The Cambridge dictionary habitually represents words with phonetic spellings for both the UK and the US, but its UK phonetic spelling represents RP and its US phonetic spellings represent General American pronunciation:

Spelling: Not

  • UK received pronunciation phonetic spelling = nɒt
  • US General American pronunciation phonetic spelling = nα:t

Once again, the central letter, this time ‘o’, is symbolised by a phoneme /ɒ/ or /α:/ that represents the pronunciation of that vowel sound in that country. The English RP ‘o’ is short in ‘not’; the General American ‘o’ has a longer sound in the word ‘not’.


Here are some examples for each vowel phoneme. I have listed a variety of spellings so that the reader will see how one pronunciation can be represented by numerous spellings. Have a close look at the list of letters and symbols below that represent all the existing vowel sounds. You will notice that some of the letters and symbols represent multiple spellings as well as sounds that are not always reflected by their spelling. Observe, too, that some identically spelt words can occur with multiple pronunciations giving them different meanings.

Where a colon follows the symbol, the vowel sound is one sound but long; where no colon follows the symbol the sound is short. Where two symbols are shown close together, there are two sounds within the single phoneme; it starts on one sound and changes as it is uttered.

In polysyllabic words, the relevant vowel symbol has been underlined:

  • ɪ = pit, fit, lit, split, give, till, sin,
  • i: = key, she, glee, free, leigh
  • e = pet, forget, arrest, test, better
  • α: = car, far, are, garlic, marmalade
  • æ = pat, cat, hat, mat, fat, attract
  • ᴐ: = core, war, sure, floor, water, wall, pork, fork
  • ʌ = but, cut, shut, nut
  • u: = chew, shoe, flew, do, who, loo, glue, rude, route
  • ɒ = pot, got, not, what, hot
  • з: = incur, slur, fur, girl, learn, sir, work
  • ʊ = put, foot, nook, could, hook
  • ə = about, upper, hesitant, today, classical, helplessness, minimum, invalid, dependent, velvet, (schwa)*
  • eɪ = bay, okay, neighbour, weigh
  • əʊ = go, bow, slow, show, grow, flow
  • aɪ = buy, cry, sly, shy, arrive, die, kite, light
  • aʊ = cow, bow, now, house, mouse
  • ɪ = boy, deploy, annoy, soil, toy
  • ɪə = peer, dear, near, tear
  • eə = pear, share, fair, tear, nightmare, there
  • ʊə = pure, mature, assure, during, security

* This symbol /ə/ is known in English as the ‘schwa’ sound. Especially in UK English, many syllables are pronounced this way, regardless of what vowel is used to spell them, because they fall on a vowel that is unstressed when spoken.

Have a go at spelling each of the above words phonetically, and then have a look in The Cambridge English Dictionary and see how you did. Compare their phonetic spellings with their standard spellings. 


Here are some examples for each consonant phoneme. I have listed a variety of spellings so that the reader will see how one pronunciation can be represented by numerous spellings. Have a close look at the list of letters and symbols below that represent all the existing consonant sounds. You will notice that some of the symbols, like /j/ and /k/, represent sounds that are not always reflected by their standard letter spelling:

  • b = bee, boy, bump, below, big, by, brown
  • d = dog, door, down, do, develop, drive
  • f = fly, for, first, figure, flow, fry, find, fetch
  • g = gap, goat, ground, guilt, go, get, glitch
  • h = help, how, high, hope, hat, hog, hug
  • j = yet, yacht, yellow, yawn, you, yesterday
  • k = kite, cat, can, collect, kitten, crew, could
  • l = let, leave, low, live, lord, litter, level, last
  • m = mother, map, mat, make, mould, move
  • n = now, never, not, night, neither, nor, nice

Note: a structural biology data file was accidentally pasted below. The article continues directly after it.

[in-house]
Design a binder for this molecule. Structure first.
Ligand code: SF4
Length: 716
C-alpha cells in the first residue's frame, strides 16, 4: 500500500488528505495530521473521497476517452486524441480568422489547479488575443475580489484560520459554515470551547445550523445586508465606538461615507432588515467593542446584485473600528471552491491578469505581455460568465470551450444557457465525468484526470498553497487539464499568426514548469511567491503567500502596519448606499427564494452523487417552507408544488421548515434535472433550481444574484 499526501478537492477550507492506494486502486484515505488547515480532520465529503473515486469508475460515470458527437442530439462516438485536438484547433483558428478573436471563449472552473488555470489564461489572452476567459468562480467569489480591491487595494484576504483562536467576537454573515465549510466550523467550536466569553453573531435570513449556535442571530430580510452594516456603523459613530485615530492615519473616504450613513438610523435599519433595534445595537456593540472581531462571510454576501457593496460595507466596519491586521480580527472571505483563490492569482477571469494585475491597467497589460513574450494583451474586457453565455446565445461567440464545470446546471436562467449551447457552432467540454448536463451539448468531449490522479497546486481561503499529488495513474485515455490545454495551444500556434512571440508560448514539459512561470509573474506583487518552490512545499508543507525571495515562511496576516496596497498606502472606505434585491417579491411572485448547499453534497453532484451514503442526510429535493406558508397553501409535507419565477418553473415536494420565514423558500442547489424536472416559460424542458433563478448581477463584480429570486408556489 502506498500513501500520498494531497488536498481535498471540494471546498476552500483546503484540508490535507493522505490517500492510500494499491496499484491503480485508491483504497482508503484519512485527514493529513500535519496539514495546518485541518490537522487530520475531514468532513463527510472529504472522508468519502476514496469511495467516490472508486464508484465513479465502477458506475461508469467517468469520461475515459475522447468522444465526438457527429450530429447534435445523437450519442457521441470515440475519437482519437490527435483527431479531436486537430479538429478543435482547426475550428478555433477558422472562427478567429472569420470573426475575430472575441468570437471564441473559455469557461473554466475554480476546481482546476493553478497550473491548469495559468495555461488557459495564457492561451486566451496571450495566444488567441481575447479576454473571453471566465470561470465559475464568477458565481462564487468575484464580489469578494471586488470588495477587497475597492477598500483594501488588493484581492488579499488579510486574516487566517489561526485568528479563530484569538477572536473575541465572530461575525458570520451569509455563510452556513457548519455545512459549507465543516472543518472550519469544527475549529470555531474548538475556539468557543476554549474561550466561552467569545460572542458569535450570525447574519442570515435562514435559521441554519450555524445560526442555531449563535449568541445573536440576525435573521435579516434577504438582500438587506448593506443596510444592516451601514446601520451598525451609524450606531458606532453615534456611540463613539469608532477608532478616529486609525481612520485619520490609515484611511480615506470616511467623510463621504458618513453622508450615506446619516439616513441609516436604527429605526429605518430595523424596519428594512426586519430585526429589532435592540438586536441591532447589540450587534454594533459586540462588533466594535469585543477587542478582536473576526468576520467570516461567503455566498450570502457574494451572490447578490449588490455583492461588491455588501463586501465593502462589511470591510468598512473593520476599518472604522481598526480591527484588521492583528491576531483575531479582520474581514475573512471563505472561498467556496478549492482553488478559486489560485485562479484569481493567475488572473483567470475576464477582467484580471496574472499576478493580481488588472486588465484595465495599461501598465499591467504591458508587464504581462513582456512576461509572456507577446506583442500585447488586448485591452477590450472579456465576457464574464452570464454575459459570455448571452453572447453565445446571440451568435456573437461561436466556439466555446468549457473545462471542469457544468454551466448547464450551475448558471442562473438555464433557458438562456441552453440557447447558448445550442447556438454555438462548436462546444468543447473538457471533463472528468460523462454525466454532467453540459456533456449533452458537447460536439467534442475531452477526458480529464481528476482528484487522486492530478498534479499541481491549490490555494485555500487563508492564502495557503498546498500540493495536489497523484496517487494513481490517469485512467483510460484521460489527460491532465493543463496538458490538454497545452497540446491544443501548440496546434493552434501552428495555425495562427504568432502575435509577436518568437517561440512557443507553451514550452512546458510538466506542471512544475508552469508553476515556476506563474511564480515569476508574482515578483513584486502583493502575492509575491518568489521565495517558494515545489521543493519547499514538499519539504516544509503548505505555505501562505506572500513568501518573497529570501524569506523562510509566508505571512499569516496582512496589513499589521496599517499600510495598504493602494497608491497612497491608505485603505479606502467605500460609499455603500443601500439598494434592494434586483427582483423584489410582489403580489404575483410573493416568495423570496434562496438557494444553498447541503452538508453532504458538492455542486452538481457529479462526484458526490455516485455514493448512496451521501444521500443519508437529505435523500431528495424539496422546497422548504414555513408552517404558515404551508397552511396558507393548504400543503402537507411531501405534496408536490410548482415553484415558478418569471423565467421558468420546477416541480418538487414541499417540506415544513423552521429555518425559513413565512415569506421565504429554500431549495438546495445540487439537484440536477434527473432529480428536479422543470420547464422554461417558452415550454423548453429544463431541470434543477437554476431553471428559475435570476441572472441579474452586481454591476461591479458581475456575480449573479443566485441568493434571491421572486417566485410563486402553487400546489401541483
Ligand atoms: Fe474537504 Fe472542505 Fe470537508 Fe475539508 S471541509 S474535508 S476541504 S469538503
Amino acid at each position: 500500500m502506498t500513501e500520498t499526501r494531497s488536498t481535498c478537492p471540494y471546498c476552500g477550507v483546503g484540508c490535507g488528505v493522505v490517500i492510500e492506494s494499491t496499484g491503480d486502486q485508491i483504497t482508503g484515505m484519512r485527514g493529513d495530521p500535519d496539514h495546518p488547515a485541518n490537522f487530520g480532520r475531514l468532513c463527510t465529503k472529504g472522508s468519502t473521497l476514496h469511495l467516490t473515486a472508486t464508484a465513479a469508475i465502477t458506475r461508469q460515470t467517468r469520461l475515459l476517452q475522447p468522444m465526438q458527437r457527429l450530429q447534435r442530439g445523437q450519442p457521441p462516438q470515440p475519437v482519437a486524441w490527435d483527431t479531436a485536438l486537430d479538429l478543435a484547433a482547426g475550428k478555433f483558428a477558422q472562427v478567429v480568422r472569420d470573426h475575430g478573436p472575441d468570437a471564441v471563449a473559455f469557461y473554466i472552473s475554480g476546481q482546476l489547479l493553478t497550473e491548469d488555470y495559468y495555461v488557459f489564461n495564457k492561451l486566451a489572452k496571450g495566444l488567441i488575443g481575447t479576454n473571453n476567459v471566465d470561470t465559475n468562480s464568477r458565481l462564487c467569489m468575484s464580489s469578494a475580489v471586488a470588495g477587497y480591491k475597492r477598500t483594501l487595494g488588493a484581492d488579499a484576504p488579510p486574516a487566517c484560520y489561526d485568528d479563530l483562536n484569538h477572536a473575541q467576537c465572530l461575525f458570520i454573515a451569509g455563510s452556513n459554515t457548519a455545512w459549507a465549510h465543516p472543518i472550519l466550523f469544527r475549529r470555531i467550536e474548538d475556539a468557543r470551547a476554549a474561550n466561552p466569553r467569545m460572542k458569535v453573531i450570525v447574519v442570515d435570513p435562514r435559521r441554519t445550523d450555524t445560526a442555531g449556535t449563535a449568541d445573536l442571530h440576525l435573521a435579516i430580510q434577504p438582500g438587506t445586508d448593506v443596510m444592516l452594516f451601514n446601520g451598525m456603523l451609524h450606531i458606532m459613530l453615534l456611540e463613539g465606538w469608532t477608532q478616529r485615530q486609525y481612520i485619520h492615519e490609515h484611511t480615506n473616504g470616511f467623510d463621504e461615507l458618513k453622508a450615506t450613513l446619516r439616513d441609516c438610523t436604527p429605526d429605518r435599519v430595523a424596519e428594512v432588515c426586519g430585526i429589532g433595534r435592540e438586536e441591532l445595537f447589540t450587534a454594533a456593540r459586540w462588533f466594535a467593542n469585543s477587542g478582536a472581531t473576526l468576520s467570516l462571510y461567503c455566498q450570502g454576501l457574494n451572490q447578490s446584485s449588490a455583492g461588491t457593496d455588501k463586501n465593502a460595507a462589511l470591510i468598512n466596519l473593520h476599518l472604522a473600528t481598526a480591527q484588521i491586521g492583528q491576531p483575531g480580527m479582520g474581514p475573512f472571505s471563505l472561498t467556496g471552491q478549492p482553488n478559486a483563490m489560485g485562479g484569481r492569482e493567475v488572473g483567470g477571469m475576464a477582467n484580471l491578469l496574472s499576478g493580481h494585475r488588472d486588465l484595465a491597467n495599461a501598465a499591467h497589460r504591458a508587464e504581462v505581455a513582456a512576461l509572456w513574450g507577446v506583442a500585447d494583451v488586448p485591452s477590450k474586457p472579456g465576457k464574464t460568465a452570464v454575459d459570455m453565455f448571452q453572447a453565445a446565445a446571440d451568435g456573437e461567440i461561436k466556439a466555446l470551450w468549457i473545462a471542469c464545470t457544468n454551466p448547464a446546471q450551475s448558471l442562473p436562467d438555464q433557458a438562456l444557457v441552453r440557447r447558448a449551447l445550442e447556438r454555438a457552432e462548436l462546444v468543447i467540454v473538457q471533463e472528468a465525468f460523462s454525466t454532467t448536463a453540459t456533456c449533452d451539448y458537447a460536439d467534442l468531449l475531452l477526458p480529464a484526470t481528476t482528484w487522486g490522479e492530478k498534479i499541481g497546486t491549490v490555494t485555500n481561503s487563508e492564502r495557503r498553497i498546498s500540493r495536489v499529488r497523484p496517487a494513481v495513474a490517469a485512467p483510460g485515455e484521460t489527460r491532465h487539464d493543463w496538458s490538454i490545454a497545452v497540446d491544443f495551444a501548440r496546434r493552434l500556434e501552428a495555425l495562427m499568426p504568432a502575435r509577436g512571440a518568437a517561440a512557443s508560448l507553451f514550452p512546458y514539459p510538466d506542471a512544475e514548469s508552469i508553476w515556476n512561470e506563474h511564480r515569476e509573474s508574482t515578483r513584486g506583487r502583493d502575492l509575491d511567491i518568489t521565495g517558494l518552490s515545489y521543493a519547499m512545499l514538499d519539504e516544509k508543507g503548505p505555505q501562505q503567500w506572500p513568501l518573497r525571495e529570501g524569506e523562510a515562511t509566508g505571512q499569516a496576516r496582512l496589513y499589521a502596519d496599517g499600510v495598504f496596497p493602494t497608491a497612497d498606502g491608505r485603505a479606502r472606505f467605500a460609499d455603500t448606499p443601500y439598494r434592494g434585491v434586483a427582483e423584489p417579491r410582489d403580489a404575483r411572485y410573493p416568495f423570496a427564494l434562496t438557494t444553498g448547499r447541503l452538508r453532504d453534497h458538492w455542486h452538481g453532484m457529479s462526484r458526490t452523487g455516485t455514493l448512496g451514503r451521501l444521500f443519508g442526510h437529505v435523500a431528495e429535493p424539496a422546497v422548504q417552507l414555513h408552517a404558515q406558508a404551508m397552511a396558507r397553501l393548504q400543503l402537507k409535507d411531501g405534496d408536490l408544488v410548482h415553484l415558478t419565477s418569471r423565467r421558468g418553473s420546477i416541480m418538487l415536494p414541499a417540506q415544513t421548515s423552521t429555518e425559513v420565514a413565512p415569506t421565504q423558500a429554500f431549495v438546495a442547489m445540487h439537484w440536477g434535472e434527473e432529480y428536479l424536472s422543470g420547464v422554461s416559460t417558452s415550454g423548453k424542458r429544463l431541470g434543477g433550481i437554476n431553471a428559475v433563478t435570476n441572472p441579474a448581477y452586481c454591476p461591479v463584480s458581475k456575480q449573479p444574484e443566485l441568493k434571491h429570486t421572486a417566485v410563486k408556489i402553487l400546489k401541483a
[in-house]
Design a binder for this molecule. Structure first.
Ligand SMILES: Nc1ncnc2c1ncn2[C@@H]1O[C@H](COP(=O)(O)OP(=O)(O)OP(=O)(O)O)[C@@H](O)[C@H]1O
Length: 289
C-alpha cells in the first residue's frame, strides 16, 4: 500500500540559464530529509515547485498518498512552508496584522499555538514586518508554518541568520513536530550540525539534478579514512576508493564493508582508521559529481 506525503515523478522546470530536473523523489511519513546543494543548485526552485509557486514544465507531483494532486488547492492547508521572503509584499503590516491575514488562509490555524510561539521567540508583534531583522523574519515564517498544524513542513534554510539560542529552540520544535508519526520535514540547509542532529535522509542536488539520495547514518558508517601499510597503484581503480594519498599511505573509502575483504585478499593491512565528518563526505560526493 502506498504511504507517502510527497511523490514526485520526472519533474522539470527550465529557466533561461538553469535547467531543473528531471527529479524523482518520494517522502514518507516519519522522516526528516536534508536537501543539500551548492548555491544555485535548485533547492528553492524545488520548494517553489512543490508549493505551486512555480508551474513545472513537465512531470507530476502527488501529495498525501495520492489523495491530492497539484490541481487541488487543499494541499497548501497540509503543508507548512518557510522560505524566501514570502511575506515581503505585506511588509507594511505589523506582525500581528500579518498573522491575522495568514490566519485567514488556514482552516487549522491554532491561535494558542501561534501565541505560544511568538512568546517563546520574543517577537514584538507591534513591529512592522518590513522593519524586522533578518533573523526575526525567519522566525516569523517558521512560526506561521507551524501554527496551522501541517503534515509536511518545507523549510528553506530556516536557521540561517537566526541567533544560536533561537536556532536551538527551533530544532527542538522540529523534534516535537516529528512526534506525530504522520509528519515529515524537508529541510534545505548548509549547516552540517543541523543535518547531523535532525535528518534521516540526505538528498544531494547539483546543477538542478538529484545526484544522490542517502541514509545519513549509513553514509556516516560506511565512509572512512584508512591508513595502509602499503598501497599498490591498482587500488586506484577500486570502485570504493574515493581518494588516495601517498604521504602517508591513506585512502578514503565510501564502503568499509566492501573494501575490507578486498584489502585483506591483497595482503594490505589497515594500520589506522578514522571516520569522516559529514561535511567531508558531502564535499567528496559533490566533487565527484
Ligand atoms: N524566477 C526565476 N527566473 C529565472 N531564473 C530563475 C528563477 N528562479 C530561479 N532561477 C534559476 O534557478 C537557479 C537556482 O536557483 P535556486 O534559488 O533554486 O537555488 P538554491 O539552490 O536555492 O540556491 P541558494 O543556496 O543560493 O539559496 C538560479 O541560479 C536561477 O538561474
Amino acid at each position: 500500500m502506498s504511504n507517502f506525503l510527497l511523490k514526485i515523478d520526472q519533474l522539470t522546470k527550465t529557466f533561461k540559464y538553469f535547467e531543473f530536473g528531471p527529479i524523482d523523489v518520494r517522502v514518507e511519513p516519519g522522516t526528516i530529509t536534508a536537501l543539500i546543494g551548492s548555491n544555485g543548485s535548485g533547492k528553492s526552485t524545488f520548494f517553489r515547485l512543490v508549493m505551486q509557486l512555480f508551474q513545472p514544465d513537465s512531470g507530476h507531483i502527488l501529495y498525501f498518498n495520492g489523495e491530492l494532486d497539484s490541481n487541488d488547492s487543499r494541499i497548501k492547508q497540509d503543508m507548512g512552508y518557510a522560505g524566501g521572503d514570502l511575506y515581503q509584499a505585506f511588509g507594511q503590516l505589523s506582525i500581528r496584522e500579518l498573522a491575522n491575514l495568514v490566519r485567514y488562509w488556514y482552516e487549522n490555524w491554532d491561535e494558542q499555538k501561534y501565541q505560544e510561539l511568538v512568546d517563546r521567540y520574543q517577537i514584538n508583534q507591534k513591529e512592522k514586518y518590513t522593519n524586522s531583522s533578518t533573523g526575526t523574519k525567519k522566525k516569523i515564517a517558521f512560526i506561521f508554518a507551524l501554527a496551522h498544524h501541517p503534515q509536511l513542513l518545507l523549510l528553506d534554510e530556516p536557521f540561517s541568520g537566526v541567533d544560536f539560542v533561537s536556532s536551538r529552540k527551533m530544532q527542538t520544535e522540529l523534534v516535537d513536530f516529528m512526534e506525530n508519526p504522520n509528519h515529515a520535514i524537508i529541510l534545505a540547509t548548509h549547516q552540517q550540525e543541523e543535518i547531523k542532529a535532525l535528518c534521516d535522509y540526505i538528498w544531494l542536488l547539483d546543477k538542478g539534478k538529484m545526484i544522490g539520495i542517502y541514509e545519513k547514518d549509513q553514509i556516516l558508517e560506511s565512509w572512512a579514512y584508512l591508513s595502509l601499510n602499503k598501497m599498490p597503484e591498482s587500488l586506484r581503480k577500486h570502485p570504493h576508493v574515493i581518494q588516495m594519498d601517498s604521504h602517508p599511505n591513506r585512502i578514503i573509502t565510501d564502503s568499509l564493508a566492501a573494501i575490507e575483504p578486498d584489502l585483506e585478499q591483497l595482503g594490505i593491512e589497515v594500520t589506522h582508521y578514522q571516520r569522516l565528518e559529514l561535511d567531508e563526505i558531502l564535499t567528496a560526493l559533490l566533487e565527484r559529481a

• p = perfect, pet, please, port, post, pit, pot
  • r = red, rest, rope, race, right, rug, really
  • s = stop, slow, sit, sat, send, super, sold
  • t = take, top, trip, trend, time, tickle, test
  • v = voice, vet, vest, van, vicar, vulture
  • w = wear, what, well, west, wing, wolf, wonder
  • z = zip, zest, zone, zoom, Zulu, zebra
  • Ӡ = measure, invasion, division, occasion, television
  • ʤ = jet, jump, joke, January, gin, ginger, general
  • ʧ = chin, check, church, chips, China, choose
  • ʃ = ship, shore, shine, shoe, show, shirt
  • θ = thing, think, thought, through, three, thank
  • ð = this, that, the, those, these, they, them
  • ŋ = hang, sing, thing, ring, bring, jingle, loving


The examples given above all reflect English Received Pronunciation and will also look different if they are to reflect an American or Australian accent, or for that matter any of the numerous accents around the United Kingdom and the globe.

Have a look in a dictionary that lists phonetic spellings beside standardised spellings and experiment with pronouncing the words according to the given phonetic spelling.

If you have any questions or comments, or fun examples, please enter them below.


Börjars, Kersti, and others. Introducing English Grammar, 2nd edn (Routledge, 2010)

Crystal, David. Spell it Out: The Singular Story of English Spelling (Profile Books, 2013)

Crystal, David. The Cambridge Encyclopedia of the English Language, 3rd edn (Cambridge University Press, 2019)

Hickey, Raymond. Standards of English: Codified Varieties Around the World (Cambridge University Press, 2015)

Huddleston, Rodney, and others. The Cambridge Grammar of the English Language (Cambridge University Press, 2002)

Plag, Ingo, and others. Introduction to English Linguistics (Mouton de Gruyter, 2007)

Quirk, Randolph, and others. A Comprehensive Grammar of the English Language, reprint edn (Pearson, 2011)

Roach, Peter. English Phonetics and Phonology: A Practical Course, 4th edn (Cambridge University Press, 2009)

Thorne, Sarah. Advanced English Language, 2nd edn (Palgrave Macmillan, 2008)

Yule, George. The Study of Language, 4th edn (Cambridge University Press, 2010)

New Hart’s Rules: The Handbook of Style for Writers and Editors (Oxford University Press, 2005)


  1. I agree that the name of the standard international phonetic alphabet is a deception. Although they may be correct when checked with the British. Not all of them will align with other accents. As you rightly identified, there are a lot of complex languages in Africa. From Zulu and Swati to Yoruba and Hausa in Nigeria, they are all unique languages with their accents and alphabets.

    • Hi Parameter. Thank you so much for your comment. Yes indeed, and there are also many hundreds of languages in Indonesia and Australia and elsewhere! It is high time the IPA was appropriately renamed.

Leave a Reply

Your email address will not be published. Required fields are marked *